4. ^ "Of Note: Finale and Sibelius tips and tutorials by musician, arranger and music notation expert Robert Puff". Rpmseattle.com. 16 July 2012. Archived from the original on 4 March 2014. Retrieved 23 July 2012.
  5. ^ Banks, Adam. (17 August 2012). "Avid hits bum note with Sibelius", MacUser. p.14. Publisher: Dennis Publishing (London, England)
  6. ^ a b Schofield, Jack. (7 August 2012). Users petition Avid to sell Sibelius music software arm. ZDNET
  7. ^ "Save Sibelius". Facebook. Archived from the original on 16 March 2021. Retrieved 29 July 2012.
  8. ^ "Sibelius is in crisis!". Archived from the original on 16 March 2021. Retrieved 29 July 2012.
  9. ^ 'Sibelius' Archived 12 May 2018 at the Wayback Machine. Music Printing History.
  10. ^ Bourgeois, Derek (1 November 2001). "Score yourself an orchestra". The Guardian. Archived from the original on 10 May 2014. Retrieved 10 May 2011. Many composers bought an Archimedes simply to have access to the program.
  11. ^ Arthur, Charles. (10 January 2012). 'How the BBC Micro started a computing revolution' Archived 16 March 2021 at the Wayback Machine. The Guardian. (United Kingdom)
  12. ^ "Sibelius Corporate Information". Sibelius Software. Archived from the original on 27 May 2007. Retrieved 21 May 2007.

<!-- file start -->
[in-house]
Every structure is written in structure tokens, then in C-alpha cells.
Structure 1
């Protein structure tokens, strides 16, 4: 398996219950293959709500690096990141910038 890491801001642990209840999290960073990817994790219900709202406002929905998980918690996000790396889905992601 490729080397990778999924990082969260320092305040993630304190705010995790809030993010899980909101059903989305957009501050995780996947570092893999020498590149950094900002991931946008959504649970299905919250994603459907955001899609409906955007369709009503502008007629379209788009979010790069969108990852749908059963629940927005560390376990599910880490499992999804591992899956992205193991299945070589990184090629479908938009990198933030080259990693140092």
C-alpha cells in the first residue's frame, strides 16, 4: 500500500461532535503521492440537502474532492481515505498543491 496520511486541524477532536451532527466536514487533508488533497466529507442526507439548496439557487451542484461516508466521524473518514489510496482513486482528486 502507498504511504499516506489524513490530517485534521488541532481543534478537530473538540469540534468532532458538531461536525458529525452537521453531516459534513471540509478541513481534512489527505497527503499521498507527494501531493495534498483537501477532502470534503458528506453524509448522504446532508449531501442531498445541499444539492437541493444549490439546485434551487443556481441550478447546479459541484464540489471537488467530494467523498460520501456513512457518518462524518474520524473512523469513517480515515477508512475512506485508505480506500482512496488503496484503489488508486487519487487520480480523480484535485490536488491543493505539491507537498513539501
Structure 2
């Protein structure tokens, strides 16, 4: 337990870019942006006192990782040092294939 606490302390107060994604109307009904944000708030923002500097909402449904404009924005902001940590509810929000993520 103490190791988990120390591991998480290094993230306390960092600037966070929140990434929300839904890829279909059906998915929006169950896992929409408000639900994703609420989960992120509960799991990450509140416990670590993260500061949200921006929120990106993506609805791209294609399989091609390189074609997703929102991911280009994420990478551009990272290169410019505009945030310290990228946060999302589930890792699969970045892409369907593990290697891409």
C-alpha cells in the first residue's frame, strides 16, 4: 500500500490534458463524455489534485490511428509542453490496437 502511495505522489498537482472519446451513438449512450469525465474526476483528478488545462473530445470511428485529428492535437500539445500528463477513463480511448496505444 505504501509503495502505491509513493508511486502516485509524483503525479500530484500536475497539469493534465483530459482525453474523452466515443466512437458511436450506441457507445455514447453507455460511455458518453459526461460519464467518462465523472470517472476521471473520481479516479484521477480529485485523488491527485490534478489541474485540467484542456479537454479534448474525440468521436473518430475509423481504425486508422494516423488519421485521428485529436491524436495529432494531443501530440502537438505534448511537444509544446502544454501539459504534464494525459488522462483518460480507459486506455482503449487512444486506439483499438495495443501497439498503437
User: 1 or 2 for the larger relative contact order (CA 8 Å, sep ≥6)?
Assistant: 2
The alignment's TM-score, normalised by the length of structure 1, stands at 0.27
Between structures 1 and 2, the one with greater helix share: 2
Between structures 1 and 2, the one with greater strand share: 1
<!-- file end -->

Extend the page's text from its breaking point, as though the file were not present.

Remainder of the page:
13. ^ (6 January 2011). ‘History of ARM: from Acorn to Apple’ Archived 16 March 2018 at the Wayback Machine. The Daily Telegraph. (United Kingdom).
  14. ^ Seymour, Elle. (28 February 2012). ‘The Day Olivetti Stitched up Acorn Computers’ Archived 23 March 2018 at the Wayback Machine. Huffington Post. (United Kingdom).
  15. ^ "Sibelius UK Office Closes : Avid Selling Consumer Businesses – OF NOTE". www.rpmseattle.com. 2 July 2012. Archived from the original on 16 March 2021. Retrieved 11 July 2012.
  16. ^ [https://musicprintinghistory.org/sibelius/ Sibelius (1993). History of music publishing. musicprintinghistory.org website.
  17. ^ Cohen, Peter. (10 March 2002). 'Sibelius 2 music software released for OS X'. Macworld.
  18. ^ 'Internet publishing with Sibelius'. secure.sibelius.com website.
  19. ^ Cohen, Peter. (10 March 2002). Sibelius 2 music software released for OS X. Macworld.
  20. ^ a b Rothman, Philip. (25 June 2015). An interview with Ben Finn, co-founder of Sibelius [Part 2 of 2]. Scoring Notes.
  21. ^ Rothman, Philip (23 January 2014). "Sibelius 7.5 announced: An evolutionary, not revolutionary upgrade" Archived 16 March 2021 at the Wayback Machine. Scoring Notes. (Netherlands).
  22. ^ Rothman, Philip (29 July 2021). "Sibelius arrives on iPad". Scoring Notes. Retrieved 24 February 2022.
  23. ^ Rothman, Philip (26 October 2021). "Sibelius comes to the iPhone". Scoring Notes. Retrieved 24 February 2022.
  24. ^ "'Professional sound library—only in Sibelius'". Archived from the original on 19 May 2018. Retrieved 14 May 2018.
  25. ^ "VST play back in Sibelius 5". Sibelius Software. Archived from the original on 12 November 2013. Retrieved 9 June 2007.
  26. ^ 'Sib. 7.0: The blasted Ribbon!' Archived 13 May 2018 at the Wayback Machine. Sibelius Help Center. Avid (company).
  27. ^ NotePerformer Reviews. Slashdot website.
  28. ^ ‘Note Performer features’ Archived 11 May 2018 at the Wayback Machine.
  29. ^ Bourgeois, Derek. (31 October 2012).How to Use External VSTs with Sibelius 7. IMDb.
  30. ^ ‘Vienna Symphonic Library: Products’ Archived 14 May 2018 at the Wayback Machine. Vienna Symphonic Library.